Felsenmusick - The Weblog of Daniel Felsenfeld
The Web Log of a Certain Daniel Felsenfeld: Composer, critic, avid reader, aspiring
bon vivant, capricorn, shadowy figure, advice for the lovelorn

Sunday, March 29, 2009

Music = Brain

Every so often a study gets released explaining how music has a positive effect on one's mind, especially the complexities of classical music. It makes you smarter, better at math, and some say younger. Its hard to disagree, and it is even harder to disagree with the sprit of these undertakings because, well, since math is the smartest way to be smart in our No Child Left Behind culture because it is the most quickly quantifiable, music must therefore be good for US because it is good for that.

So today in the Times there is an appropriately skeptical piece by Matthew Gurewitsch about prescription music, music written specifically to have a desired effect on a specific brain. Its even handed, well written, and takes on this odd little practice with the right kind of attitude: that of the objective journalist. It ought to be read.

What I found most intriguing--and I mean that last word in its fullest spy-thriller resonance--is the presence of the guardedly anonymous composer in the mix. You go for your study, someone writes you a piece to suit your specific mental needs (apparently we all need Glass or Riley redux?) but the hand is silent; we are never to know. This strikes me as the oddest notion of this entire questionable (but not necessarily wrong) practice: there's someone, or a team of someones, who are writing music to have an effect on your brain and their name(s) is (are) a well-kept secret.

Of course, being a composer myself, I begin to wonder who it might b, which of my colleagues has landed the no-doubt lucrative dayjob of writing music to put troubled minds be at ease? And why, I wonder, is the whole practice intentionally shrouded in a veil of mystery? Do these composers feel they are doing the wrong thing? (They are not.) Do they fear the repercussions of the world knowing that they--gasp--might need to supplement their income? Or is this whole practice a little questionable, and when later it becomes known do these composers want not to be associated with it? I think that alone would be such a distraction, for me, from any possible efficacy of this study.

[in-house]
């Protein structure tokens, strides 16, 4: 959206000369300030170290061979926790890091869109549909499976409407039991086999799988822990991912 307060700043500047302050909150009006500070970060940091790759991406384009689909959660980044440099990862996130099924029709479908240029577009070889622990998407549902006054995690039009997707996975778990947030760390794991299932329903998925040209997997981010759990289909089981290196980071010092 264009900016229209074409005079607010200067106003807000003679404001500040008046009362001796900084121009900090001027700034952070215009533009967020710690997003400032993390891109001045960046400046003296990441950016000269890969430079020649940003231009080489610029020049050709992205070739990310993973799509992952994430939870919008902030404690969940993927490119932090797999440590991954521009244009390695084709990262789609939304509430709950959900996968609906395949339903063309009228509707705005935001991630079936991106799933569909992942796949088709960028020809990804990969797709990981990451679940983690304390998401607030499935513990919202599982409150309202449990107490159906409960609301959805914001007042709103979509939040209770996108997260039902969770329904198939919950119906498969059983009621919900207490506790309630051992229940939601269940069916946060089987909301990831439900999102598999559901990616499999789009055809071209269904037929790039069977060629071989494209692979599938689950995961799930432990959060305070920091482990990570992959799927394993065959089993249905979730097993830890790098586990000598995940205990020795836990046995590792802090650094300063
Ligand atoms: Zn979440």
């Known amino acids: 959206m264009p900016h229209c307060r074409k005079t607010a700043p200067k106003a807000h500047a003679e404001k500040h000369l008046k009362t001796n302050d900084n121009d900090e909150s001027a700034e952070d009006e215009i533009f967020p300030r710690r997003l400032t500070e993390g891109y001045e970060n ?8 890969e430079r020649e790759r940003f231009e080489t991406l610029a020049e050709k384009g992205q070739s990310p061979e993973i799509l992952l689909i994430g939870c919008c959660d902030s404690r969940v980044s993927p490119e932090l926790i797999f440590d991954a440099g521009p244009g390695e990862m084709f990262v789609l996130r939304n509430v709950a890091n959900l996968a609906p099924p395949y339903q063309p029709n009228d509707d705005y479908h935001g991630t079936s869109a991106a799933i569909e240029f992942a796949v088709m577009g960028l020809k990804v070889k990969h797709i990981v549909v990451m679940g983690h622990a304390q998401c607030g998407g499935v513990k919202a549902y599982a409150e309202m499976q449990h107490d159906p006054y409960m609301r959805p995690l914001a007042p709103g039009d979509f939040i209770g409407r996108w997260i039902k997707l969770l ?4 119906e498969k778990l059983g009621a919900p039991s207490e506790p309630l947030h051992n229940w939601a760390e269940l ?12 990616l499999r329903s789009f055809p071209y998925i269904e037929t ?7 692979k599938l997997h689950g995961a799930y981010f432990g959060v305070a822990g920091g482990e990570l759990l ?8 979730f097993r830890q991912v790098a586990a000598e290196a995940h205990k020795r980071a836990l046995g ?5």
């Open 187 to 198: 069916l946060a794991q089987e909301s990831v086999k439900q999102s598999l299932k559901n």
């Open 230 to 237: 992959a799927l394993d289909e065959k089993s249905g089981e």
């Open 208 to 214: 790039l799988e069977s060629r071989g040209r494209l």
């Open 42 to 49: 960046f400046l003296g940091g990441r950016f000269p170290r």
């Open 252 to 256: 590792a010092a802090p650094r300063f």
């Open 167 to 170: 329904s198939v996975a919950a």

I say, if you're going to do it, do it: cop to it, and let us know how it works and why. There is nothing to be ashamed of, no need to hide. Hell, I think it would make an interesting companion piece in the Times to send a music journalist to accomplish a piece of derring-do and smoke out just who is behind this particular curtain. Music Therapy's Greatest Composers UNMASKED. Composers working in an underground laboratory somewhere to make the world a better place are revealed for what they are, dramatically and on television. I'd watch it.


Blogger Yvonne said...

I suspect the clue is in this:

The music is proprietary too. To avoid the interference of personal associations, the tracks consist entirely of original material. “In our research,” Ms. Brandes said, “we have found that when people are listening to music they know, their reactions are entirely different.”

If the idea is to have music that is completely proprietary, in order to ensure that it's completely unfamiliar and has no external associations, then you might want to keep not only the music itself but the identity of the creators (especially if they are active composers in the real world) a secret. The one person they do acknowledge (Vera Brandes) is not a composer in her primary occupation, so there's no harm in them naming her. (Presumably you can't go out and buy a CD of Brandes' compositions for the concert hall.)

I'm not sure I find this rationale entirely convincing, but that seems to be the approach taken here.

Alternatively, the composers themselves could be driving the secrecy, which is what you've suggested as a possibility. Is there shame in writing music that isn't conceived as art but on purely functional grounds? Maybe not. But I could understand someone who identified himself or herself as an artist feeling that way.

1:58 AM  
Anonymous Cheryl said...

Classical Music has a way to really relax my mind and it calms my soul. Well if i continue to listen and soothe my being with it's beauty plus will make me smarter in math then that would be great. Thank you for this post it interest me. Music is a part of every being.

1:59 PM  

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